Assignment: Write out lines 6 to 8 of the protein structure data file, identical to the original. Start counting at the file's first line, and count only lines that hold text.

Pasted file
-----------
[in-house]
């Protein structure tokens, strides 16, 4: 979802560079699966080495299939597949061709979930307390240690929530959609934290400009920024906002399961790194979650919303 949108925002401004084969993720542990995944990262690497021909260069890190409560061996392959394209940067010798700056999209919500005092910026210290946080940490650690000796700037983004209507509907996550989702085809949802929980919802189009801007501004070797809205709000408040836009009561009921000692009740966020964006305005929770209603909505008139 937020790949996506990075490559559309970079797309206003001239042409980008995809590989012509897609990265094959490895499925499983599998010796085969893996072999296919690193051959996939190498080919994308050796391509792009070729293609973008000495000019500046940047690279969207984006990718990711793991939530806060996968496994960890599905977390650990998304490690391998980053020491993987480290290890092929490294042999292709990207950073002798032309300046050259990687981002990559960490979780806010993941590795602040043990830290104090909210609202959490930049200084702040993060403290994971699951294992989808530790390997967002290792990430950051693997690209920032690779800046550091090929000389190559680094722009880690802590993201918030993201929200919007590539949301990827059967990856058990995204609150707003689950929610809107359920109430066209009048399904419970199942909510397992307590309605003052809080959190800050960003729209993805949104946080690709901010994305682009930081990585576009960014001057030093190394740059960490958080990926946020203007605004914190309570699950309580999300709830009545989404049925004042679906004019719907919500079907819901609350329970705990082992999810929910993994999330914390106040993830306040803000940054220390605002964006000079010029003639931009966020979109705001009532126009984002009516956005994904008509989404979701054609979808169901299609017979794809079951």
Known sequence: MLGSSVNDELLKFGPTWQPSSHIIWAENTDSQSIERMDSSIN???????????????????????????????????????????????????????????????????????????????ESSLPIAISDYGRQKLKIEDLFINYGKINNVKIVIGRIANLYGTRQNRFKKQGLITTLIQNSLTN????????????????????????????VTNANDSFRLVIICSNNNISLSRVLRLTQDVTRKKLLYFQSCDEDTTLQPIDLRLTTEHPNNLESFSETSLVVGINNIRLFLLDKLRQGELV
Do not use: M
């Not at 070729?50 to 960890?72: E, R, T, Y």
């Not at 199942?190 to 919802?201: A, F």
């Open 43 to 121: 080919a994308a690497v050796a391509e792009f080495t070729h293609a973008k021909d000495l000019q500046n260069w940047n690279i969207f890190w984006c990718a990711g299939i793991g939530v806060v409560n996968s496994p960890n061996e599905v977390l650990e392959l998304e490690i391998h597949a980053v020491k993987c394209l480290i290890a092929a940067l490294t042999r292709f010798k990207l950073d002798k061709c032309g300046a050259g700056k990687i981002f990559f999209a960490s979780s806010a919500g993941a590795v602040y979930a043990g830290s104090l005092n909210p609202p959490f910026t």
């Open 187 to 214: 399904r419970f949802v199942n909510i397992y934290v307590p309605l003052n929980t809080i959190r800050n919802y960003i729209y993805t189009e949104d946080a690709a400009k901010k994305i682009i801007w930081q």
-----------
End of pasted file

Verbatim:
């Not at 199942?190 to 919802?201: A, F």
């Open 43 to 121: 080919a994308a690497v050796a391509e792009f080495t070729h293609a973008k021909d000495l000019q500046n260069w940047n690279i969207f890190w984006c990718a990711g299939i793991g939530v806060v409560n996968s496994p960890n061996e599905v977390l650990e392959l998304e490690i391998h597949a980053v020491k993987c394209l480290i290890a092929a940067l490294t042999r292709f010798k990207l950073d002798k061709c032309g300046a050259g700056k990687i981002f990559f999209a960490s979780s806010a919500g993941a590795v602040y979930a043990g830290s104090l005092n909210p609202p959490f910026t």
């Open 187 to 214: 399904r419970f949802v199942n909510i397992y934290v307590p309605l003052n929980t809080i959190r800050n919802y960003i729209y993805t189009e949104d946080a690709a400009k901010k994305i682009i801007w930081q």